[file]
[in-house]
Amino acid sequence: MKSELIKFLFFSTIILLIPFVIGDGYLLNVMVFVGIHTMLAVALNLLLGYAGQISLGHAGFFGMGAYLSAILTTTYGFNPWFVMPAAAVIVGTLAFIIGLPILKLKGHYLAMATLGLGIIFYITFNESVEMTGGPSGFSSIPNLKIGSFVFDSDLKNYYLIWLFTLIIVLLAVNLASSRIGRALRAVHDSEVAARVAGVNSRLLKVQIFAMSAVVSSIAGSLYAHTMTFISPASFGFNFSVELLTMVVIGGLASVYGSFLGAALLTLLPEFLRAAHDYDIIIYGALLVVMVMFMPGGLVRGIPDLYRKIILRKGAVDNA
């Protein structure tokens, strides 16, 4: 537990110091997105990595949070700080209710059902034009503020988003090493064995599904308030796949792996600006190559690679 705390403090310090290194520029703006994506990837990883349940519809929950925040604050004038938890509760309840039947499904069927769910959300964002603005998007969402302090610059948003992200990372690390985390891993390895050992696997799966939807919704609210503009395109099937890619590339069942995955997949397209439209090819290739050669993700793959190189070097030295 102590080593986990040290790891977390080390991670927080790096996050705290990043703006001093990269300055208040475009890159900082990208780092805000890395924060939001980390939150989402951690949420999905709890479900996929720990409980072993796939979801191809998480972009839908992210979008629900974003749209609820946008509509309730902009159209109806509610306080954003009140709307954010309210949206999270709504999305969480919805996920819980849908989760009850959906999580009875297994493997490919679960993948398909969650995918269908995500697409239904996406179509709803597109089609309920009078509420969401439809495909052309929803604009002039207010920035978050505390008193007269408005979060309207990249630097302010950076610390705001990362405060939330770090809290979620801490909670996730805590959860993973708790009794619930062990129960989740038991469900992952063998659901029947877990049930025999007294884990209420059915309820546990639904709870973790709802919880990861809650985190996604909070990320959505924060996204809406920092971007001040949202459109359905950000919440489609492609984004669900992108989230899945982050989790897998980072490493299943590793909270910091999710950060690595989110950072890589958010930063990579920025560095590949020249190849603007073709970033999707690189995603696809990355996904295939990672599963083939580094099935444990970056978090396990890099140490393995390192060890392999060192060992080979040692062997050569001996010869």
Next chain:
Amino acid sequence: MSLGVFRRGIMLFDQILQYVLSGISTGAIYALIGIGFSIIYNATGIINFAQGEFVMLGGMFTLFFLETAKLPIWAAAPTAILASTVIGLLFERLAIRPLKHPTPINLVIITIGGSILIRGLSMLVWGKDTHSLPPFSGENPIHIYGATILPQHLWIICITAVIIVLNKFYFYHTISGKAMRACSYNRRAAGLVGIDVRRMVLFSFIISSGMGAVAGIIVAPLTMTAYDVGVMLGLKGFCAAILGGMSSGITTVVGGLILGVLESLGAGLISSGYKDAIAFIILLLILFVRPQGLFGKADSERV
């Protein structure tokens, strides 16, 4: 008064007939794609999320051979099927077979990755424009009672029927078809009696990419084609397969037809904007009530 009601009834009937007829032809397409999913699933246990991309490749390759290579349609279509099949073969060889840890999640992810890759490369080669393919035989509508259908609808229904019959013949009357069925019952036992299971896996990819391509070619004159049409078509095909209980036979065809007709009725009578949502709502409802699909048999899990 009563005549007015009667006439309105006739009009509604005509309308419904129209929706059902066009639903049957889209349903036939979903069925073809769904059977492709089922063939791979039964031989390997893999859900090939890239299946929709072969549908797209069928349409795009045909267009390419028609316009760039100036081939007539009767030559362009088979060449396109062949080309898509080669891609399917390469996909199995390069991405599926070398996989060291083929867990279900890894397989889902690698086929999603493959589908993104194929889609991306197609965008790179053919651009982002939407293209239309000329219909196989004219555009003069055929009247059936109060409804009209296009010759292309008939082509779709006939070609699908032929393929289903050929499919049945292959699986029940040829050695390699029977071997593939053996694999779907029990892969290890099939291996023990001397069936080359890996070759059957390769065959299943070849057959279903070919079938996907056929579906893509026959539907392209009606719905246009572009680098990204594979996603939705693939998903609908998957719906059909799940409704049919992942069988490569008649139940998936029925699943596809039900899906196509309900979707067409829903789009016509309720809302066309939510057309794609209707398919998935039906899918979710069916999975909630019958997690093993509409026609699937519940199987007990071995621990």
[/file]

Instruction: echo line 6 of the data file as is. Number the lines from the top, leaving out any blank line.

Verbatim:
């Protein structure tokens, strides 16, 4: 008064007939794609999320051979099927077979990755424009009672029927078809009696990419084609397969037809904007009530 009601009834009937007829032809397409999913699933246990991309490749390759290579349609279509099949073969060889840890999640992810890759490369080669393919035989509508259908609808229904019959013949009357069925019952036992299971896996990819391509070619004159049409078509095909209980036979065809007709009725009578949502709502409802699909048999899990 009563005549007015009667006439309105006739009009509604005509309308419904129209929706059902066009639903049957889209349903036939979903069925073809769904059977492709089922063939791979039964031989390997893999859900090939890239299946929709072969549908797209069928349409795009045909267009390419028609316009760039100036081939007539009767030559362009088979060449396109062949080309898509080669891609399917390469996909199995390069991405599926070398996989060291083929867990279900890894397989889902690698086929999603493959589908993104194929889609991306197609965008790179053919651009982002939407293209239309000329219909196989004219555009003069055929009247059936109060409804009209296009010759292309008939082509779709006939070609699908032929393929289903050929499919049945292959699986029940040829050695390699029977071997593939053996694999779907029990892969290890099939291996023990001397069936080359890996070759059957390769065959299943070849057959279903070919079938996907056929579906893509026959539907392209009606719905246009572009680098990204594979996603939705693939998903609908998957719906059909799940409704049919992942069988490569008649139940998936029925699943596809039900899906196509309900979707067409829903789009016509309720809302066309939510057309794609209707398919998935039906899918979710069916999975909630019958997690093993509409026609699937519940199987007990071995621990």